SAN DIEGO (KGTV) – Advocates made up of different environmental groups gathered together to show support for the County's efforts to develop a regional plan that would move the count towards a goal of zero carbon emissions by 2035.
The County recently released its draft regional decarbonization framework with the intended goal of limiting the magnitude and rate of long-term climate change while getting all cities and agencies on the same page.
A proposal some advocates worry could take a while to happen.
"We're always concerned with the delay when it comes to climate action implementation," Noah Harris, an advocate who came to show support, said. "That's why we're asking for a robust implementation strategy for these types of plans making sure they're implemented quickly and successfully, and it's not a plan that just sits on the shelf."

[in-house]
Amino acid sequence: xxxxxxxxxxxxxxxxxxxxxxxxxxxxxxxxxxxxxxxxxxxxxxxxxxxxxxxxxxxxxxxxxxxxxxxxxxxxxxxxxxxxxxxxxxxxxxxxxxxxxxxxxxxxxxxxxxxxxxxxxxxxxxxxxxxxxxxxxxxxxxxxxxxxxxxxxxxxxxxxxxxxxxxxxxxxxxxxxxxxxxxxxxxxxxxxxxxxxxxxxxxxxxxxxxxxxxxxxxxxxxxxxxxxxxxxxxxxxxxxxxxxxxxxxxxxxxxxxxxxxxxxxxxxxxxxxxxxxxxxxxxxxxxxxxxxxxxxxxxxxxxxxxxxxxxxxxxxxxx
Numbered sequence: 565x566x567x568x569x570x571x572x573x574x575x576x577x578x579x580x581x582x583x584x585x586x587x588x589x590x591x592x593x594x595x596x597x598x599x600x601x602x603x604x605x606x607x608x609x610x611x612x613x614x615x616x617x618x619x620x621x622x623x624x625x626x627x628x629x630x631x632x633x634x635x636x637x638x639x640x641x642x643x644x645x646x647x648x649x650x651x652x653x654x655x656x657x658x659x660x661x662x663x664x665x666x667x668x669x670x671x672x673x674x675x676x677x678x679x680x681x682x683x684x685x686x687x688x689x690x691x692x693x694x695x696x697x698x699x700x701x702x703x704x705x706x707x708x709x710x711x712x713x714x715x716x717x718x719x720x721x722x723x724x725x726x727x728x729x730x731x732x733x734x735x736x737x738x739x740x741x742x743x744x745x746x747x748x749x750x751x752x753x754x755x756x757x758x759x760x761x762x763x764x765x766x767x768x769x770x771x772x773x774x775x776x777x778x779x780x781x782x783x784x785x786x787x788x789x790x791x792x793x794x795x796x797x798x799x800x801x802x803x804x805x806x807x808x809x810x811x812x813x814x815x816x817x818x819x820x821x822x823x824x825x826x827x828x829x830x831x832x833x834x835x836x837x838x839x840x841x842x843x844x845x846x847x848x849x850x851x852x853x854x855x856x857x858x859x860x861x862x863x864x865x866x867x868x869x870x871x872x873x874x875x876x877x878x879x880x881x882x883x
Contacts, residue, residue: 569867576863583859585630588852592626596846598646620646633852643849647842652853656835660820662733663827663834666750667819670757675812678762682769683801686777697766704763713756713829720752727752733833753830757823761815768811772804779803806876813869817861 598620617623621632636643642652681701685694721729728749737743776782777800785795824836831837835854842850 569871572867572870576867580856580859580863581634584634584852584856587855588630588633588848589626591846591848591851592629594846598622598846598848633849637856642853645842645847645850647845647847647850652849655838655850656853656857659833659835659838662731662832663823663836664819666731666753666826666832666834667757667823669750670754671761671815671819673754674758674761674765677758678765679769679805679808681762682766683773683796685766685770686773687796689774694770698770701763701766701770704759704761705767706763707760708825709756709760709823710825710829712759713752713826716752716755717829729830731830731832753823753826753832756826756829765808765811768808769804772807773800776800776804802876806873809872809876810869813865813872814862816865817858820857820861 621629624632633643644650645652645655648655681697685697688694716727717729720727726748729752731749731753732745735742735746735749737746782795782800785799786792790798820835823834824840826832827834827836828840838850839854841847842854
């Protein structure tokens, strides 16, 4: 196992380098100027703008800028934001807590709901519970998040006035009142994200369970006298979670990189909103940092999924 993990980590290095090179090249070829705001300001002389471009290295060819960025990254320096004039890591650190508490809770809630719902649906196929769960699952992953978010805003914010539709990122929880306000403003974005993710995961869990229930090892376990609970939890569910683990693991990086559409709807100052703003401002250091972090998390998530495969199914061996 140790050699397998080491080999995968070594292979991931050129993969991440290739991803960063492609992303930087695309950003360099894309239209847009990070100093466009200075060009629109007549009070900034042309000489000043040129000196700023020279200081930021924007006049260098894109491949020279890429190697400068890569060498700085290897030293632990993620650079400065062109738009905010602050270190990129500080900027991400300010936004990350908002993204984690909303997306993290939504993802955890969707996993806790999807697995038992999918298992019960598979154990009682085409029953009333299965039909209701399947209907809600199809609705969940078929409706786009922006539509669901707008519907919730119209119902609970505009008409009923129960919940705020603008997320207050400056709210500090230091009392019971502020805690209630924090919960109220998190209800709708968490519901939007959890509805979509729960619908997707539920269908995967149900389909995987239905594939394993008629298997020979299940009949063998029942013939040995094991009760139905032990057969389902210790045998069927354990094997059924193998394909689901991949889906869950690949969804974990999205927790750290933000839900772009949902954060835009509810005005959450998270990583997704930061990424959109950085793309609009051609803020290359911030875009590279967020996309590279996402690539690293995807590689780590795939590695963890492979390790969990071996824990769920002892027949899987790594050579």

The County Board of Supervisors listened as a team presented the latest version of the plan. This proposal will also look at renewable energy production, how the transportation system can help eliminate carbon footprints, and what policies can be made to put these actions into place.
Advocates say they're hopeful with the collaboration of cities and organizations. The County will meet its target goal of getting this plan adopted by early 2022.
"We want all the cities throughout the region, all government agencies need to be collaborators in this process. We everyone to be on board," Harris said. "We know that our individual jurisdictions aren't doing enough to meet the scale and scope of the climate crisis."
The County has also held meetings with focus groups and organized public forums to help them draft this plan.